I remember the one thing I hated most was the inability to do many things.
I couldn’t drive as this country drove on the other side. I was out of sorts.
I couldn’t draw money from the ATM without a huge fee. 
I couldn’t call anyone because of the enormous cost it would incur to our hosts.
I was at the mercies of my exile.

One of the things this Psalm mentions is citizenship:

Psalm 87:6 (ESV) 6 The Lord records as he registers the peoples, “This one was born there.” Selah

With Christ comes citizenship and with citizenship comes privilege and rights! The power to do things. We have that power now in Him. Power to walk in Truth and see the wonders of God in our lives. Never discount who you are and what you can do in Christ! It’s a wonderful privilege to be God’s people, chosen and redeemed. A new nation!

And glorious things are said about you.

Ephesians 2:19 (ESV) you are no longer strangers and aliens, but you are fellow citizens with the saints and members of the household of God,

Philippians 3:20 (NLT) But we are citizens of heaven, where the Lord Jesus Christ lives. And we are eagerly waiting for him to return as our Savior.

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Posted 1 week ago

Basing Your Prayer on God’s Character

We usually only pray in frustration. When we are at wits end and don’t know what to do se offer prayers that amount to hopeful wish lists with unfounded reasons for an answer.

David prays very differently on Psalm 86.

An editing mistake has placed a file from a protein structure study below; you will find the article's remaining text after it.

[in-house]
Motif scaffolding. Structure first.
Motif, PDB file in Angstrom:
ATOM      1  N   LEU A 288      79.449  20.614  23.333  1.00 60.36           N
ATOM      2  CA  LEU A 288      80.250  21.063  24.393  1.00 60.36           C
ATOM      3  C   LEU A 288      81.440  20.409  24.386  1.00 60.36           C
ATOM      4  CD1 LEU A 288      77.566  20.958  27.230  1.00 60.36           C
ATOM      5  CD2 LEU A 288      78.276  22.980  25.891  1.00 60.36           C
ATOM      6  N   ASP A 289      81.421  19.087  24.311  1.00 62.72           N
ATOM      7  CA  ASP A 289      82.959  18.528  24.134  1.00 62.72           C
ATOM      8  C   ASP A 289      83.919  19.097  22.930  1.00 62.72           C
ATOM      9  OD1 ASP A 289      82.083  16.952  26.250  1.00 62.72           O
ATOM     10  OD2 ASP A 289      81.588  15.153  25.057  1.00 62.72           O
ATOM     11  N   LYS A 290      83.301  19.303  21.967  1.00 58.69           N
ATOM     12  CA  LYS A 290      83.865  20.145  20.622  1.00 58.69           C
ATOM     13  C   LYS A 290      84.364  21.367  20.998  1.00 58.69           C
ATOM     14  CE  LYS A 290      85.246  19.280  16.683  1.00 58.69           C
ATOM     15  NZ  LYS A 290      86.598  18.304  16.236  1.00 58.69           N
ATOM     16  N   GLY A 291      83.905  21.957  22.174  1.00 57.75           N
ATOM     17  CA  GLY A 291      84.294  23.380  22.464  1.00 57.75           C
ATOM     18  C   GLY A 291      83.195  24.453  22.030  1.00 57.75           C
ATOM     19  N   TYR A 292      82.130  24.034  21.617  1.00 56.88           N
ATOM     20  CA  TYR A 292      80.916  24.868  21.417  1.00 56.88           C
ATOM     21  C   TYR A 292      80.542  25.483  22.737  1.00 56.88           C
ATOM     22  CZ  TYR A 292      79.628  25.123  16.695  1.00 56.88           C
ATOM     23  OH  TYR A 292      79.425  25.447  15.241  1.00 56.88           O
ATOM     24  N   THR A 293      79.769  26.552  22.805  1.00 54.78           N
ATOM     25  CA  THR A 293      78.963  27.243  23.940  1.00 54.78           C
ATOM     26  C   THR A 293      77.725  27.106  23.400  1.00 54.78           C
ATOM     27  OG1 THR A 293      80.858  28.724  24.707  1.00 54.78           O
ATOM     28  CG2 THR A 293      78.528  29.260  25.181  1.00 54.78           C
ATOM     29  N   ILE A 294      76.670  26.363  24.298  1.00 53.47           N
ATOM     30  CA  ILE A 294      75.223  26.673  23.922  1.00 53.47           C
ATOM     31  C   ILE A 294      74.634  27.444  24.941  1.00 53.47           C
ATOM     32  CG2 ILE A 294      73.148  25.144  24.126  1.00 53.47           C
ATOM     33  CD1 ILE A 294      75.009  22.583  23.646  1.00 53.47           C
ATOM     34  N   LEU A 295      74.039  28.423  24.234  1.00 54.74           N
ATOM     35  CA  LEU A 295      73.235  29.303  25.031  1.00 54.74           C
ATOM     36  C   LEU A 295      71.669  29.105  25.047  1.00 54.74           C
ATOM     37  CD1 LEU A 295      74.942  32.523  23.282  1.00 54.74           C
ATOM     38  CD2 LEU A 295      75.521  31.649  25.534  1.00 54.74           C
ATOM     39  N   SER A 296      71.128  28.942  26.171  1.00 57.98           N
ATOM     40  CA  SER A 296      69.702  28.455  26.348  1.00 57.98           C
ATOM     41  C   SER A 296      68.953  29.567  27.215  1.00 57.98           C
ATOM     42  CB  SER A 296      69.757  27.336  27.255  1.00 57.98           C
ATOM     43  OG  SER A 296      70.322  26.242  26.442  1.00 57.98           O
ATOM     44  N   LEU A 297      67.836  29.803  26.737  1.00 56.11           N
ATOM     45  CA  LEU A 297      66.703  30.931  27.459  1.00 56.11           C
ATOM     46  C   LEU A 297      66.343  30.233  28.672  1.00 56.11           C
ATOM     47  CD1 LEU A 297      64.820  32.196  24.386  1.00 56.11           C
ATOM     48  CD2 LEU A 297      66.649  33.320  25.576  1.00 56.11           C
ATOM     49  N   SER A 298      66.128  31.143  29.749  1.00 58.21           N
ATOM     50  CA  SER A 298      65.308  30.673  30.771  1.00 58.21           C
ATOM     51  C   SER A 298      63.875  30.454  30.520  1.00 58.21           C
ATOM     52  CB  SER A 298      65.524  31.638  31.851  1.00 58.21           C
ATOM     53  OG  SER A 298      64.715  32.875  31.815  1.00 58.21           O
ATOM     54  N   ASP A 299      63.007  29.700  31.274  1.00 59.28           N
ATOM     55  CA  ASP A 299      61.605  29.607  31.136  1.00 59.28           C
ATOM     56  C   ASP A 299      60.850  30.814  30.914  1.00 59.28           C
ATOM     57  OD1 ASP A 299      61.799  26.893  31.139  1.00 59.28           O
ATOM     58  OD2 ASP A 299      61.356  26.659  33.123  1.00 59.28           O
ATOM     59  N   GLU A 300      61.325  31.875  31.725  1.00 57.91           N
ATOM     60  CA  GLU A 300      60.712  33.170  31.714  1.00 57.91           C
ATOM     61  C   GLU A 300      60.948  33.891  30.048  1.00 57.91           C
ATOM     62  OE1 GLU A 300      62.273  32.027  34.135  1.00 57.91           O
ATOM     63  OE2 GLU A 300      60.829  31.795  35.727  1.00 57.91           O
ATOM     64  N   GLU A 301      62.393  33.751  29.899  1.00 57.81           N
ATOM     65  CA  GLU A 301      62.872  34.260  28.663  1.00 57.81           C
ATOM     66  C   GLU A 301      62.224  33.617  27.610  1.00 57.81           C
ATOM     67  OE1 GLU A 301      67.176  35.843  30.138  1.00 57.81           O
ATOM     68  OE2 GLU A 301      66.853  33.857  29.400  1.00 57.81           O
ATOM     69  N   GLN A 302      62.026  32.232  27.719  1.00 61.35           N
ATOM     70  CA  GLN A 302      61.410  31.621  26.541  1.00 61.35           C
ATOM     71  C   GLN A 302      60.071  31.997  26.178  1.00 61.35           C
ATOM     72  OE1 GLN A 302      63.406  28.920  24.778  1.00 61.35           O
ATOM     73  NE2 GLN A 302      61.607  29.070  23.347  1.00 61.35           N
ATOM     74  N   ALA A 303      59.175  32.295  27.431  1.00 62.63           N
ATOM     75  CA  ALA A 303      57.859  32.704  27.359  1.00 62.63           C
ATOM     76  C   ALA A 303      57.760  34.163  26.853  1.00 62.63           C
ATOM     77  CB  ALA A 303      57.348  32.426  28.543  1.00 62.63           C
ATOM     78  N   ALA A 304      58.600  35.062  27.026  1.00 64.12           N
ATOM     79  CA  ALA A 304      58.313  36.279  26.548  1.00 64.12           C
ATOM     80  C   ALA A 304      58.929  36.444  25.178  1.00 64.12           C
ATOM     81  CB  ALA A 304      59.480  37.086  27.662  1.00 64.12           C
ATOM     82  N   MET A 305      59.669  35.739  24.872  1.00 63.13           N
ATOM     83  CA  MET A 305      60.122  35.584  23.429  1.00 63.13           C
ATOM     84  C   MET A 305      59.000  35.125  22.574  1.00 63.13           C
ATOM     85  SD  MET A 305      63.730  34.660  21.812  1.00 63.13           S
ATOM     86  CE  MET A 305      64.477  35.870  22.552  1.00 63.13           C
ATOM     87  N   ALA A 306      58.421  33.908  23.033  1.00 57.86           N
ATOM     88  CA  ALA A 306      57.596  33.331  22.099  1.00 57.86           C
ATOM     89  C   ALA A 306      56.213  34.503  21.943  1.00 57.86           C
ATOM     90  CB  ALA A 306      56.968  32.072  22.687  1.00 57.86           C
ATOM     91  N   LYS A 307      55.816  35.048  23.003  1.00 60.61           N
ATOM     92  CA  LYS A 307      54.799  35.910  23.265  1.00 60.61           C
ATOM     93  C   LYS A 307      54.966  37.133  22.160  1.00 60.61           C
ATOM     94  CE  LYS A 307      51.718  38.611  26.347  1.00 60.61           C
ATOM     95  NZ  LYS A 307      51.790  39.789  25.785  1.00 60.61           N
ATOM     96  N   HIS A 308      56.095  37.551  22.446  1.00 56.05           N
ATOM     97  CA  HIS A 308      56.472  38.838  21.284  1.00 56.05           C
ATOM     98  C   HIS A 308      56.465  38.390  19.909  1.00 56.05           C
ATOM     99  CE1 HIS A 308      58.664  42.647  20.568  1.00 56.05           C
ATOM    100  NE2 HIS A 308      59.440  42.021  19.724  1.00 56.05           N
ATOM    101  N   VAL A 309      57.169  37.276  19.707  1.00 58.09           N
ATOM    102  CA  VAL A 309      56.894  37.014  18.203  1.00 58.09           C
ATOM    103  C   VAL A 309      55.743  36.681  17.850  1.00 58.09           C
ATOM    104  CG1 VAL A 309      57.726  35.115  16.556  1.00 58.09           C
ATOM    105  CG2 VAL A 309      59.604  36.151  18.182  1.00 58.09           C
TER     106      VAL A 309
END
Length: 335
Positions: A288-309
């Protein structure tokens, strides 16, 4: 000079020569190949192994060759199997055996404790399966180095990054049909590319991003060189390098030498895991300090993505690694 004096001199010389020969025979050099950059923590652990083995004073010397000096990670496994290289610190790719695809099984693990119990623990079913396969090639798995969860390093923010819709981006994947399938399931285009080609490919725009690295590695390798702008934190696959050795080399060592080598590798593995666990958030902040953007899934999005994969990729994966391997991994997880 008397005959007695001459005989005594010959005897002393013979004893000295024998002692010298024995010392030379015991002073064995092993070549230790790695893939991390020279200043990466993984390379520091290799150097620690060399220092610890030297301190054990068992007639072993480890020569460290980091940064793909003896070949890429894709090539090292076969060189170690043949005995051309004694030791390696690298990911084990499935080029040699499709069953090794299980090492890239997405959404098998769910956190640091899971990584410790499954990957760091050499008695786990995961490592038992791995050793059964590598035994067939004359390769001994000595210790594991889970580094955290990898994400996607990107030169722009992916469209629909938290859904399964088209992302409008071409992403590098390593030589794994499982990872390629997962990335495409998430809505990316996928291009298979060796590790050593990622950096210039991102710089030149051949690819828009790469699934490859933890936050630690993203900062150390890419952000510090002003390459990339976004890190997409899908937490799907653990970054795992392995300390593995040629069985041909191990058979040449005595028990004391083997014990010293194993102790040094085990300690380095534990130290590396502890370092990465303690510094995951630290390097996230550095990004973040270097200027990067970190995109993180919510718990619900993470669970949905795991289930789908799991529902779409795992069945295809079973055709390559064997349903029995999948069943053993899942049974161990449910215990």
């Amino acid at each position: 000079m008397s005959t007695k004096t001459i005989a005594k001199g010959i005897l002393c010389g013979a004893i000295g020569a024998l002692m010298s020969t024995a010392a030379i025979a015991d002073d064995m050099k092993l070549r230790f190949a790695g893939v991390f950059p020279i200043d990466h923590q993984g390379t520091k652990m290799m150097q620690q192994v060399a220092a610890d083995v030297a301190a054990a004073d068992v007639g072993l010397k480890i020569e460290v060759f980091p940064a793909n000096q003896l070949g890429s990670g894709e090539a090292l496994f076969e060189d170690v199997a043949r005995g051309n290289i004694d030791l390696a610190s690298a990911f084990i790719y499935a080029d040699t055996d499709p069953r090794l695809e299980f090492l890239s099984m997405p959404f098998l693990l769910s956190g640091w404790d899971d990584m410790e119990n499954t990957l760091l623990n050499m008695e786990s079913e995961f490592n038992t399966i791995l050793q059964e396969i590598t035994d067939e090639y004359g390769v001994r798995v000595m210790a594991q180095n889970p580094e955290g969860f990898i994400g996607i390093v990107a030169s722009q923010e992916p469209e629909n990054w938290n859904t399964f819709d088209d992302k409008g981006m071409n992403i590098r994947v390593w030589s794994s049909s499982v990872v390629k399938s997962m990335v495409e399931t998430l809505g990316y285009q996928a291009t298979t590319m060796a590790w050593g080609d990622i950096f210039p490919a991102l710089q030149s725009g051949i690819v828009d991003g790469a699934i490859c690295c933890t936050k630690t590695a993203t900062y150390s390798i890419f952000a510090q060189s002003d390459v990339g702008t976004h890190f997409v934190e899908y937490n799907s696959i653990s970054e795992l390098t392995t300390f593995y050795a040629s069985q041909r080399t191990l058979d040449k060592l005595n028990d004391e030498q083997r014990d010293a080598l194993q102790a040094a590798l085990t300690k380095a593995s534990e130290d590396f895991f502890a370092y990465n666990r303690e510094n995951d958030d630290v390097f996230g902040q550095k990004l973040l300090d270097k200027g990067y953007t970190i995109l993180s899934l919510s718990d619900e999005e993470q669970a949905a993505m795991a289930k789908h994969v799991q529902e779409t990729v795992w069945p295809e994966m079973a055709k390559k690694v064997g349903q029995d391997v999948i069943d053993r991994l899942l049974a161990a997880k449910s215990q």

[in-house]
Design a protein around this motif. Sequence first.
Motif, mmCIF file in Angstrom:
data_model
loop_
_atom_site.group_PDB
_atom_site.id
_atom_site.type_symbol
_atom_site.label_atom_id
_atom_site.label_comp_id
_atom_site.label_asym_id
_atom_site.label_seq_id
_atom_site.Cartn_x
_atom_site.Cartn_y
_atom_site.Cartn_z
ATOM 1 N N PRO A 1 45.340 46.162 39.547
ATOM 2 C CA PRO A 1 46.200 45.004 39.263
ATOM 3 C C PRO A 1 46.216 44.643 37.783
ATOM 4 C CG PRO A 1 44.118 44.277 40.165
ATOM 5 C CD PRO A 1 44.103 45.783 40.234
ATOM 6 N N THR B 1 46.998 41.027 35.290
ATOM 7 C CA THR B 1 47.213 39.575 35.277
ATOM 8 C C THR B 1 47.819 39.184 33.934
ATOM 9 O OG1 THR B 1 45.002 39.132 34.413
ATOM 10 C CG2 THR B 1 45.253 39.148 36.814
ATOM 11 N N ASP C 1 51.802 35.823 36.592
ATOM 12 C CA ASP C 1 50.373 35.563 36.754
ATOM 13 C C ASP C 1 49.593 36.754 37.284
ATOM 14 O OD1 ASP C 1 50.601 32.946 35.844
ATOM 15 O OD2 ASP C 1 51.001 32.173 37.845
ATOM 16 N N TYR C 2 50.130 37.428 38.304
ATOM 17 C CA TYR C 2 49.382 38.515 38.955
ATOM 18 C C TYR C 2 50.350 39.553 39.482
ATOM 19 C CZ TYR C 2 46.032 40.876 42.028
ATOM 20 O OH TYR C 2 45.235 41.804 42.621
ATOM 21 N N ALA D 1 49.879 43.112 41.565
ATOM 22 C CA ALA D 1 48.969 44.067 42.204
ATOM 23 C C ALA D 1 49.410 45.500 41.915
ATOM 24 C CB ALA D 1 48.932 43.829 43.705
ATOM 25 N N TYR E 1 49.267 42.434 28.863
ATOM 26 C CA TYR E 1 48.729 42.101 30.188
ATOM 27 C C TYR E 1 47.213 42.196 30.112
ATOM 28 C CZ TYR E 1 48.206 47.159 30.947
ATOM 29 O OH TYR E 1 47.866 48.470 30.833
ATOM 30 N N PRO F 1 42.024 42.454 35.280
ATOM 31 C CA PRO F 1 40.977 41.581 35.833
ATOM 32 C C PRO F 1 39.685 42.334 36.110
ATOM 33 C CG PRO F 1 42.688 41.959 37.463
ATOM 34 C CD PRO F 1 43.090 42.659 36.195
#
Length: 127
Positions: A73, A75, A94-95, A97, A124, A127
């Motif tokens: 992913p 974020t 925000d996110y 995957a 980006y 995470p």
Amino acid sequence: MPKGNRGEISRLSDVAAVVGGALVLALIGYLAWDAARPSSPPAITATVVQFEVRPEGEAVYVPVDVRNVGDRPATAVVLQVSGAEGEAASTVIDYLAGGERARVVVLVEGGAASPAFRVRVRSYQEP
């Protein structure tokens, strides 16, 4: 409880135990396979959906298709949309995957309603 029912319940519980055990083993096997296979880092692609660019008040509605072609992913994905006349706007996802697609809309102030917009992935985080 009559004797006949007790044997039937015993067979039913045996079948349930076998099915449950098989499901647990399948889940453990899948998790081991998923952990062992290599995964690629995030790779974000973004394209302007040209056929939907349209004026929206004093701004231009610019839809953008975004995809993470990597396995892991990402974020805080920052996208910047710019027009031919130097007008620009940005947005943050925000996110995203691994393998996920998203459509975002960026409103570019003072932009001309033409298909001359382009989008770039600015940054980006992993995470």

Psalm 86:3–5 (ESV) Be gracious to me, O Lord, for to you do I cry all the day. 4 Gladden the soul of your servant, for to you, O Lord, do I lift up my soul. For you, O Lord, are good and forgiving, abounding in steadfast love to all who call upon you.

David knows God is good and forgiving. Instead of cowering in fear, he’s emboldened to come before God in times when he needs grace.

When David needs to know which way to turn, he acknowledges who he’s praying to:

Psalm 86:10–13 (ESV) For you are great and do wondrous things; you alone are God. 11 Teach me your way, O Lord, that I may walk in your truth; unite my heart to fear your name. 12 I give thanks to you, O Lord my God, with my whole heart, and I will glorify your name forever. 13 For great is your steadfast love toward me; you have delivered my soul from the depths of Sheol.

At the end, he prays for favor, based on the past situations in which he has found it…

Psalm 86:17 (ESV) Show me a sign of your favor, that those who hate me may see and be put to shame because you, Lord, have helped me and comforted me.

This kind of praying gladdens the heart of our Father. To know Him is to pray rightly toward Him. 

He is the Lord of all creation in the face of our enemies. 
He is the merciful gracious God in the times of our failings. 
He is ultimate Truth and wisdom when we are perplexed. 
He is above all the nations when we hear the nightly news.

Most important, He is our God.